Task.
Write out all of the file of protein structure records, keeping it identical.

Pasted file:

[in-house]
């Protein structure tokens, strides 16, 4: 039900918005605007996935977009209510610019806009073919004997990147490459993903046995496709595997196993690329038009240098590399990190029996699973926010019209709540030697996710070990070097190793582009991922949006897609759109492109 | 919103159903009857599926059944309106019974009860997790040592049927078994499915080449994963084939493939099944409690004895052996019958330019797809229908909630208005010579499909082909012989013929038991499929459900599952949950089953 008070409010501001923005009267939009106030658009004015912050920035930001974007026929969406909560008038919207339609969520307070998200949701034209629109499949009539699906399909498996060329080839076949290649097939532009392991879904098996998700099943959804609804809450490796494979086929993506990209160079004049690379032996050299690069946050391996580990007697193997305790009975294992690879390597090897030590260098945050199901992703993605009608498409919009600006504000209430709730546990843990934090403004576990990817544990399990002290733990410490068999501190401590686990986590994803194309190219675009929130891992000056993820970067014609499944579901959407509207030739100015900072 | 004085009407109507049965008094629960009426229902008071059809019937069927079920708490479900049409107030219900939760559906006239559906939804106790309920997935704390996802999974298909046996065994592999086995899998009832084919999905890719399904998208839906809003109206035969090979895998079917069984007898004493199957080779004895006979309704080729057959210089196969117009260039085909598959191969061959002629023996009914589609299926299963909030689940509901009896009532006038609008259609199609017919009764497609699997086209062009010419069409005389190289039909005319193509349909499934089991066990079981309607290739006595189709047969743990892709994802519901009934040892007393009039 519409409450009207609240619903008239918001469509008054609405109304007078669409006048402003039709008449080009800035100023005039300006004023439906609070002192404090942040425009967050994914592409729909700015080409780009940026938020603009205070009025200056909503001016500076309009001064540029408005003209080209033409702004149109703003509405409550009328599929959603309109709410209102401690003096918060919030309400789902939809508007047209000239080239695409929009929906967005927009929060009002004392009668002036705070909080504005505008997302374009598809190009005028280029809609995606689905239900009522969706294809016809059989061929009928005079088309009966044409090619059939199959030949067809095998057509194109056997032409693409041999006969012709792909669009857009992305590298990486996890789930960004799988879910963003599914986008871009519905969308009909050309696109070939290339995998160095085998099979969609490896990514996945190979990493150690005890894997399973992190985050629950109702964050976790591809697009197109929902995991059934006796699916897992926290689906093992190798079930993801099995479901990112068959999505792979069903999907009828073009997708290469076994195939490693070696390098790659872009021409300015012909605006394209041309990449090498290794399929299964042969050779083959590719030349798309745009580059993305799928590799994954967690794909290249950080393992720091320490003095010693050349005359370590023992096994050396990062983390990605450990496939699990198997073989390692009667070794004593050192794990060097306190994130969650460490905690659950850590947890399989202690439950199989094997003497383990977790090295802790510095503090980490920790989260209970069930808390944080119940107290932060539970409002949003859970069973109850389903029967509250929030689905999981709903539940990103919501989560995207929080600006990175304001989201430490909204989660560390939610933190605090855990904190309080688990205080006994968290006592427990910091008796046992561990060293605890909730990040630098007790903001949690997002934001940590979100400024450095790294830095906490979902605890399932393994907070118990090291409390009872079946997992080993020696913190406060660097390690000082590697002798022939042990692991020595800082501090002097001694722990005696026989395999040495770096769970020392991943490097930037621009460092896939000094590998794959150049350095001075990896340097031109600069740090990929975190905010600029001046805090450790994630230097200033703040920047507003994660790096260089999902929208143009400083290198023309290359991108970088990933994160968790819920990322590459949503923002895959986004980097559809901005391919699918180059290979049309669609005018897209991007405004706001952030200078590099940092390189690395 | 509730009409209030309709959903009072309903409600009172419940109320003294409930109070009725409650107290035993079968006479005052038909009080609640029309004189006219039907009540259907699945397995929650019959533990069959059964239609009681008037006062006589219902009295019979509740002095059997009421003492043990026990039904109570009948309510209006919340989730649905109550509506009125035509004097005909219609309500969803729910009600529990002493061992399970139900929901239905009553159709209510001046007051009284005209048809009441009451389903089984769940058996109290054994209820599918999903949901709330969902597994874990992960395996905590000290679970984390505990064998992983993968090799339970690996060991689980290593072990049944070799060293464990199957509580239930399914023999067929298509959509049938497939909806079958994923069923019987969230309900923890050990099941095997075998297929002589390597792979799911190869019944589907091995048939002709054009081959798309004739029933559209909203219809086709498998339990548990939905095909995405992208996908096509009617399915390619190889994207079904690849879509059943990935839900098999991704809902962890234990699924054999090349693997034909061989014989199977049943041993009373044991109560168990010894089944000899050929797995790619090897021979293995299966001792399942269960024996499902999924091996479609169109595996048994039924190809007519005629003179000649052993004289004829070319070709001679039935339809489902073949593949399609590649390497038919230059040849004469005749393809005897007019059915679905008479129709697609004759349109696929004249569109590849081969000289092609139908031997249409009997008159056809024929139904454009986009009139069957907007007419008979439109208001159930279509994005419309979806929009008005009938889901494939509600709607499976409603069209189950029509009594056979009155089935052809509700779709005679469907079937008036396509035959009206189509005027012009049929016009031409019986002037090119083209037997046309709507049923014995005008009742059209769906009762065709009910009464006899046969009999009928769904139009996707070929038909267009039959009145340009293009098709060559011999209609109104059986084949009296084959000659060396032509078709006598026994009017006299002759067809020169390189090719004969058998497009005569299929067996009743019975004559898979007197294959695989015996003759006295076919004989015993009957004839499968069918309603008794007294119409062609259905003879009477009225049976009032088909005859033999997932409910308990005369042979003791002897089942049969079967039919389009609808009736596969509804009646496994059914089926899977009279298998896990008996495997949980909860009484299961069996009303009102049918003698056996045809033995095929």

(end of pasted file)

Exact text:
[in-house]
């Protein structure tokens, strides 16, 4: 039900918005605007996935977009209510610019806009073919004997990147490459993903046995496709595997196993690329038009240098590399990190029996699973926010019209709540030697996710070990070097190793582009991922949006897609759109492109 | 919103159903009857599926059944309106019974009860997790040592049927078994499915080449994963084939493939099944409690004895052996019958330019797809229908909630208005010579499909082909012989013929038991499929459900599952949950089953 008070409010501001923005009267939009106030658009004015912050920035930001974007026929969406909560008038919207339609969520307070998200949701034209629109499949009539699906399909498996060329080839076949290649097939532009392991879904098996998700099943959804609804809450490796494979086929993506990209160079004049690379032996050299690069946050391996580990007697193997305790009975294992690879390597090897030590260098945050199901992703993605009608498409919009600006504000209430709730546990843990934090403004576990990817544990399990002290733990410490068999501190401590686990986590994803194309190219675009929130891992000056993820970067014609499944579901959407509207030739100015900072 | 004085009407109507049965008094629960009426229902008071059809019937069927079920708490479900049409107030219900939760559906006239559906939804106790309920997935704390996802999974298909046996065994592999086995899998009832084919999905890719399904998208839906809003109206035969090979895998079917069984007898004493199957080779004895006979309704080729057959210089196969117009260039085909598959191969061959002629023996009914589609299926299963909030689940509901009896009532006038609008259609199609017919009764497609699997086209062009010419069409005389190289039909005319193509349909499934089991066990079981309607290739006595189709047969743990892709994802519901009934040892007393009039 519409409450009207609240619903008239918001469509008054609405109304007078669409006048402003039709008449080009800035100023005039300006004023439906609070002192404090942040425009967050994914592409729909700015080409780009940026938020603009205070009025200056909503001016500076309009001064540029408005003209080209033409702004149109703003509405409550009328599929959603309109709410209102401690003096918060919030309400789902939809508007047209000239080239695409929009929906967005927009929060009002004392009668002036705070909080504005505008997302374009598809190009005028280029809609995606689905239900009522969706294809016809059989061929009928005079088309009966044409090619059939199959030949067809095998057509194109056997032409693409041999006969012709792909669009857009992305590298990486996890789930960004799988879910963003599914986008871009519905969308009909050309696109070939290339995998160095085998099979969609490896990514996945190979990493150690005890894997399973992190985050629950109702964050976790591809697009197109929902995991059934006796699916897992926290689906093992190798079930993801099995479901990112068959999505792979069903999907009828073009997708290469076994195939490693070696390098790659872009021409300015012909605006394209041309990449090498290794399929299964042969050779083959590719030349798309745009580059993305799928590799994954967690794909290249950080393992720091320490003095010693050349005359370590023992096994050396990062983390990605450990496939699990198997073989390692009667070794004593050192794990060097306190994130969650460490905690659950850590947890399989202690439950199989094997003497383990977790090295802790510095503090980490920790989260209970069930808390944080119940107290932060539970409002949003859970069973109850389903029967509250929030689905999981709903539940990103919501989560995207929080600006990175304001989201430490909204989660560390939610933190605090855990904190309080688990205080006994968290006592427990910091008796046992561990060293605890909730990040630098007790903001949690997002934001940590979100400024450095790294830095906490979902605890399932393994907070118990090291409390009872079946997992080993020696913190406060660097390690000082590697002798022939042990692991020595800082501090002097001694722990005696026989395999040495770096769970020392991943490097930037621009460092896939000094590998794959150049350095001075990896340097031109600069740090990929975190905010600029001046805090450790994630230097200033703040920047507003994660790096260089999902929208143009400083290198023309290359991108970088990933994160968790819920990322590459949503923002895959986004980097559809901005391919699918180059290979049309669609005018897209991007405004706001952030200078590099940092390189690395 | 509730009409209030309709959903009072309903409600009172419940109320003294409930109070009725409650107290035993079968006479005052038909009080609640029309004189006219039907009540259907699945397995929650019959533990069959059964239609009681008037006062006589219902009295019979509740002095059997009421003492043990026990039904109570009948309510209006919340989730649905109550509506009125035509004097005909219609309500969803729910009600529990002493061992399970139900929901239905009553159709209510001046007051009284005209048809009441009451389903089984769940058996109290054994209820599918999903949901709330969902597994874990992960395996905590000290679970984390505990064998992983993968090799339970690996060991689980290593072990049944070799060293464990199957509580239930399914023999067929298509959509049938497939909806079958994923069923019987969230309900923890050990099941095997075998297929002589390597792979799911190869019944589907091995048939002709054009081959798309004739029933559209909203219809086709498998339990548990939905095909995405992208996908096509009617399915390619190889994207079904690849879509059943990935839900098999991704809902962890234990699924054999090349693997034909061989014989199977049943041993009373044991109560168990010894089944000899050929797995790619090897021979293995299966001792399942269960024996499902999924091996479609169109595996048994039924190809007519005629003179000649052993004289004829070319070709001679039935339809489902073949593949399609590649390497038919230059040849004469005749393809005897007019059915679905008479129709697609004759349109696929004249569109590849081969000289092609139908031997249409009997008159056809024929139904454009986009009139069957907007007419008979439109208001159930279509994005419309979806929009008005009938889901494939509600709607499976409603069209189950029509009594056979009155089935052809509700779709005679469907079937008036396509035959009206189509005027012009049929016009031409019986002037090119083209037997046309709507049923014995005008009742059209769906009762065709009910009464006899046969009999009928769904139009996707070929038909267009039959009145340009293009098709060559011999209609109104059986084949009296084959000659060396032509078709006598026994009017006299002759067809020169390189090719004969058998497009005569299929067996009743019975004559898979007197294959695989015996003759006295076919004989015993009957004839499968069918309603008794007294119409062609259905003879009477009225049976009032088909005859033999997932409910308990005369042979003791002897089942049969079967039919389009609808009736596969509804009646496994059914089926899977009279298998896990008996495997949980909860009484299961069996009303009102049918003698056996045809033995095929």